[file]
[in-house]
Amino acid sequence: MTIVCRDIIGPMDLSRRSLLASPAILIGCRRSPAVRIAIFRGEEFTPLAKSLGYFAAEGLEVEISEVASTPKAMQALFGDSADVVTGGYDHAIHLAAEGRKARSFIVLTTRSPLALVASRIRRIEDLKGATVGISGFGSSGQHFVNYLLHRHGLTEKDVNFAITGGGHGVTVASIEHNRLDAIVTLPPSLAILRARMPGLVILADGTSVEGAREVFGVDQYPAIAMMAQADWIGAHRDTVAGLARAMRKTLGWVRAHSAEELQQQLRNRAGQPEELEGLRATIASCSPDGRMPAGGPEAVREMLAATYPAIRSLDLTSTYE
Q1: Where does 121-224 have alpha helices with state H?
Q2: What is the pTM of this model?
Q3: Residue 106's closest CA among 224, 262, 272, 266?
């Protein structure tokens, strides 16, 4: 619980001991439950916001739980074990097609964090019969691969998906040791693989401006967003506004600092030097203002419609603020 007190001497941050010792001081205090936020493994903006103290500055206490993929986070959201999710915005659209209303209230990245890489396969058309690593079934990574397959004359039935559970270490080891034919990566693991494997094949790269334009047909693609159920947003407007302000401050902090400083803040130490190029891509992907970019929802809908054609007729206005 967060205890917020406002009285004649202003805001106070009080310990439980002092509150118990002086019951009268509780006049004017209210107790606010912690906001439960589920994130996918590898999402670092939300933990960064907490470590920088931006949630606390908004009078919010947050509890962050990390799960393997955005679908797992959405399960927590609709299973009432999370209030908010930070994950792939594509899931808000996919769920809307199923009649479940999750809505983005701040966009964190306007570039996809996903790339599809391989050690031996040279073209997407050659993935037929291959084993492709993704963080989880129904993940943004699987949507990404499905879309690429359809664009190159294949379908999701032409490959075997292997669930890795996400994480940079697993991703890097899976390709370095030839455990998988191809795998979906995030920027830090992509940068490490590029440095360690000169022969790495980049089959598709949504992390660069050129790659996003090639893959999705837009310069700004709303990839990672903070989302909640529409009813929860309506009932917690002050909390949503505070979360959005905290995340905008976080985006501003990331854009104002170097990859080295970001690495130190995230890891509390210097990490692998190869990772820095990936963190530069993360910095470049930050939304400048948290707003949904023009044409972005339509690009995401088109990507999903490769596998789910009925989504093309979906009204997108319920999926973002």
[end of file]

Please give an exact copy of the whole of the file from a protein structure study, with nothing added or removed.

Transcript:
[in-house]
Amino acid sequence: MTIVCRDIIGPMDLSRRSLLASPAILIGCRRSPAVRIAIFRGEEFTPLAKSLGYFAAEGLEVEISEVASTPKAMQALFGDSADVVTGGYDHAIHLAAEGRKARSFIVLTTRSPLALVASRIRRIEDLKGATVGISGFGSSGQHFVNYLLHRHGLTEKDVNFAITGGGHGVTVASIEHNRLDAIVTLPPSLAILRARMPGLVILADGTSVEGAREVFGVDQYPAIAMMAQADWIGAHRDTVAGLARAMRKTLGWVRAHSAEELQQQLRNRAGQPEELEGLRATIASCSPDGRMPAGGPEAVREMLAATYPAIRSLDLTSTYE
Q1: Where does 121-224 have alpha helices with state H?
Q2: What is the pTM of this model?
Q3: Residue 106's closest CA among 224, 262, 272, 266?
């Protein structure tokens, strides 16, 4: 619980001991439950916001739980074990097609964090019969691969998906040791693989401006967003506004600092030097203002419609603020 007190001497941050010792001081205090936020493994903006103290500055206490993929986070959201999710915005659209209303209230990245890489396969058309690593079934990574397959004359039935559970270490080891034919990566693991494997094949790269334009047909693609159920947003407007302000401050902090400083803040130490190029891509992907970019929802809908054609007729206005 967060205890917020406002009285004649202003805001106070009080310990439980002092509150118990002086019951009268509780006049004017209210107790606010912690906001439960589920994130996918590898999402670092939300933990960064907490470590920088931006949630606390908004009078919010947050509890962050990390799960393997955005679908797992959405399960927590609709299973009432999370209030908010930070994950792939594509899931808000996919769920809307199923009649479940999750809505983005701040966009964190306007570039996809996903790339599809391989050690031996040279073209997407050659993935037929291959084993492709993704963080989880129904993940943004699987949507990404499905879309690429359809664009190159294949379908999701032409490959075997292997669930890795996400994480940079697993991703890097899976390709370095030839455990998988191809795998979906995030920027830090992509940068490490590029440095360690000169022969790495980049089959598709949504992390660069050129790659996003090639893959999705837009310069700004709303990839990672903070989302909640529409009813929860309506009932917690002050909390949503505070979360959005905290995340905008976080985006501003990331854009104002170097990859080295970001690495130190995230890891509390210097990490692998190869990772820095990936963190530069993360910095470049930050939304400048948290707003949904023009044409972005339509690009995401088109990507999903490769596998789910009925989504093309979906009204997108319920999926973002």